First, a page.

The Rejecter: Blog of a super-secret agent. See if you can find out who it is! Contains fantastic archives going back to 2006.

Lyons Literary LLC: “tips and quips on publishing from a literary agent,” Jonathan Lyons, formerly of Curtin Brown, Ltd., and McIntosh & Otis, Inc.

A Gent’s Outlook: inactive since 2007, but still valuable archives.

Blogs Interviewing Agents

Chuck Sambuchino’s Guide to Literary Agents Blog featuring new agent alerts, “How I Got Published” stories, conference/event spotlights, and author interviews.

Hunger Mountain: The VCFA journal of the arts Listed by interview type, the archives contain interviews with authors and agents.

Algonkian Writer Classes: Online Workshops and National Conferences for Agents: Great list of interviews with well-known agents.

Stacey O’Neale: Writer, Publicist, Superhero.  Most of these interviews are very recent and therefore most likely to contain accurate information.

Agent Advice: “a series of quick interviews with literary and script agents who talk with Guide to Literary Agents about their thoughts on writing, publishing, and just about anything else.”

Literary Rambles: “spotlighting children’s book authors, agents, and publishing.” The agent spotlights are invaluable for personalizing your query letter.

Mother. Write. (Repeat.) Long list of agent interviews. Be sure to check out the main page of this blog for “how I got my agent” stories, contests, and more.

YA Highway: Writers hosting contests, introducing agents, and collecting publishing news. Fantastic resource.

Comment to let me know what you think of these! I’d love to hear any agent-related blogs you follow. I’ll add them to the list! As always, thanks for reading.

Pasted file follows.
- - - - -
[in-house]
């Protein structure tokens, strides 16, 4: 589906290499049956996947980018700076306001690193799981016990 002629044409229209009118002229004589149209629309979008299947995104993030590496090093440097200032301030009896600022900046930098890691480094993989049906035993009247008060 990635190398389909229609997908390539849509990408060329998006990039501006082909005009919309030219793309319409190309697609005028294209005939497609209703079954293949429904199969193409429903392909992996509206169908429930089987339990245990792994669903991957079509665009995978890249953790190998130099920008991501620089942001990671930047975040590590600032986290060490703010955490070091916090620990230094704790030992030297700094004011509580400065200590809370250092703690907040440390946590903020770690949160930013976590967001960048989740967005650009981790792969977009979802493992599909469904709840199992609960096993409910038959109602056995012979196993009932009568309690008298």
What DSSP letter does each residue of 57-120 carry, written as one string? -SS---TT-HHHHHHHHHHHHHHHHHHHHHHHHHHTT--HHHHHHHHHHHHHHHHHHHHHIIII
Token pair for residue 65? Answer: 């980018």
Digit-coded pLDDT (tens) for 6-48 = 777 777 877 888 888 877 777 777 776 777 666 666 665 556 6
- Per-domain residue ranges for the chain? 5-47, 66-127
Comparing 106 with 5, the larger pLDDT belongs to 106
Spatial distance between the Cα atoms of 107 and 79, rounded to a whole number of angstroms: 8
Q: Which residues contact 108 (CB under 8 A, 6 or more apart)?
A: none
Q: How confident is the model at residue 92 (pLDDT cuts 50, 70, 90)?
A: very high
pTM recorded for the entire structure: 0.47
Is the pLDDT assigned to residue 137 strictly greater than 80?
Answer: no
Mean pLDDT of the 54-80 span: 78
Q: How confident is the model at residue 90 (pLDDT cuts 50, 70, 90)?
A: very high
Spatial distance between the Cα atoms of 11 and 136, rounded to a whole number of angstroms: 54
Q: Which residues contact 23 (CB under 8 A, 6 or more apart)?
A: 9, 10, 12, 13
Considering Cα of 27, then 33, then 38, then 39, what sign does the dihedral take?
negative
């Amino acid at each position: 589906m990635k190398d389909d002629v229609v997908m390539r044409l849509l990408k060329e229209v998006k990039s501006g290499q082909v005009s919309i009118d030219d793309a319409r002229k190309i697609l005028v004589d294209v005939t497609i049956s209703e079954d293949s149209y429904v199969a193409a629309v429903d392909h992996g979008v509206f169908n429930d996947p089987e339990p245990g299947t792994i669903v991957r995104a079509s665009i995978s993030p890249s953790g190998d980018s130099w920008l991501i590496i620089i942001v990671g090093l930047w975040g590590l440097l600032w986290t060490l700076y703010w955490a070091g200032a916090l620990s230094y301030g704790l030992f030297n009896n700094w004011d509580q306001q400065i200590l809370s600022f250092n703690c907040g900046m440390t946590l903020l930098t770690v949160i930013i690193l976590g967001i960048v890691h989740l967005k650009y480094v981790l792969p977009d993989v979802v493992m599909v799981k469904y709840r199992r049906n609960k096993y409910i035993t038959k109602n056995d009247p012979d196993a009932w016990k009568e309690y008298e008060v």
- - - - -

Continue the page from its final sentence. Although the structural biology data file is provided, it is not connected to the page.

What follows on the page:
Synesthesia

This week I was working on synesthesia in writing with my students. It’s not used prolifically in modern fiction, and I am surprised because it is an extremely powerful tool.

M.H. Abrams defines synesthesia as “one kind of sensation in terms of another; color is attributed to sounds, odor to colors, sound to odors, and so on.” When writers do this, they give the reader another level on which to experience the idea or image. This adds weight, and not only that, the unusual nature of synesthesia almost guarantees your readers will remember it.

Common examples from everyday speech would be a “warm” color, a “heavy” silence, or a “bright” sound. Each of these things describe something perceived with one of our six senses to another sensory perception. Warmth is something we feel while color is something we see. Adding this layer of experience to a color gives it a 3D effect. These are, of course, very basic examples.

Switchfoot uses synesthesia to great effect in their song “Restless,” with the line “the endless aching drops of light”. This line has other poetic effects going on within it, but describing light in terms of drops, and more than that, describing the drops in terms of an emotion, gives them enormous power.

Many people have probably used synesthesia without noticing it; you’ve probably used some of those common examples yourself. The technique is well-worth using intentionally, however. A well-crafted use of synesthesia can make a passage memorable and impacting.

So, as I work over the draft of my novel to edit the language for active verbs instead of passive verbs, conciseness, fewer modifiers in exchange for stronger verbs and nouns, etc., I’ll be adding intentional, poetic use of synesthesia to the checklist.

What about you? Have you ever used synesthesia in your writing? Have you come across a great use of synesthesia in literature?